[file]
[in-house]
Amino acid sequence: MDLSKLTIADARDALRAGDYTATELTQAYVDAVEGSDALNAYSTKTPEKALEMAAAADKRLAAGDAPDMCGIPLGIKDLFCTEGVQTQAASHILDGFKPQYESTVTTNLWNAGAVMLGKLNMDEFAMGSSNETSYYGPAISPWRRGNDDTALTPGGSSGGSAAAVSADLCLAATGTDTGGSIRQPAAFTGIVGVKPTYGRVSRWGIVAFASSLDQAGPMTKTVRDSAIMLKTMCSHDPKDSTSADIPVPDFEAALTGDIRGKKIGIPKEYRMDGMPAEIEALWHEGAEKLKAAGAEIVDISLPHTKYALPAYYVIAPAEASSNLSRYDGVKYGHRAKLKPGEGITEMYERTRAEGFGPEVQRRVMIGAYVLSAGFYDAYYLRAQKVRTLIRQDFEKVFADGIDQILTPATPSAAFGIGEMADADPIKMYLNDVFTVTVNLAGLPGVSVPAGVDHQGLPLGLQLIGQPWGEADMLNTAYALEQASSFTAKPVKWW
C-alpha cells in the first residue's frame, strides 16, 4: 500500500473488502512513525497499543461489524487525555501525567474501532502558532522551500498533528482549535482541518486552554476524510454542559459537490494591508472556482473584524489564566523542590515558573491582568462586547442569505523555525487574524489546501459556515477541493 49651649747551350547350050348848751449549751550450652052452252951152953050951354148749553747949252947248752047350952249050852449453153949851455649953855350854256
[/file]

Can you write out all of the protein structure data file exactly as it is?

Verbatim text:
[in-house]
Amino acid sequence: MDLSKLTIADARDALRAGDYTATELTQAYVDAVEGSDALNAYSTKTPEKALEMAAAADKRLAAGDAPDMCGIPLGIKDLFCTEGVQTQAASHILDGFKPQYESTVTTNLWNAGAVMLGKLNMDEFAMGSSNETSYYGPAISPWRRGNDDTALTPGGSSGGSAAAVSADLCLAATGTDTGGSIRQPAAFTGIVGVKPTYGRVSRWGIVAFASSLDQAGPMTKTVRDSAIMLKTMCSHDPKDSTSADIPVPDFEAALTGDIRGKKIGIPKEYRMDGMPAEIEALWHEGAEKLKAAGAEIVDISLPHTKYALPAYYVIAPAEASSNLSRYDGVKYGHRAKLKPGEGITEMYERTRAEGFGPEVQRRVMIGAYVLSAGFYDAYYLRAQKVRTLIRQDFEKVFADGIDQILTPATPSAAFGIGEMADADPIKMYLNDVFTVTVNLAGLPGVSVPAGVDHQGLPLGLQLIGQPWGEADMLNTAYALEQASSFTAKPVKWW
C-alpha cells in the first residue's frame, strides 16, 4: 500500500473488502512513525497499543461489524487525555501525567474501532502558532522551500498533528482549535482541518486552554476524510454542559459537490494591508472556482473584524489564566523542590515558573491582568462586547442569505523555525487574524489546501459556515477541493 49651649747551350547350050348848751449549751550450652052452252951152953050951354148749553747949252947248752047350952249050852449453153949851455649953855350854256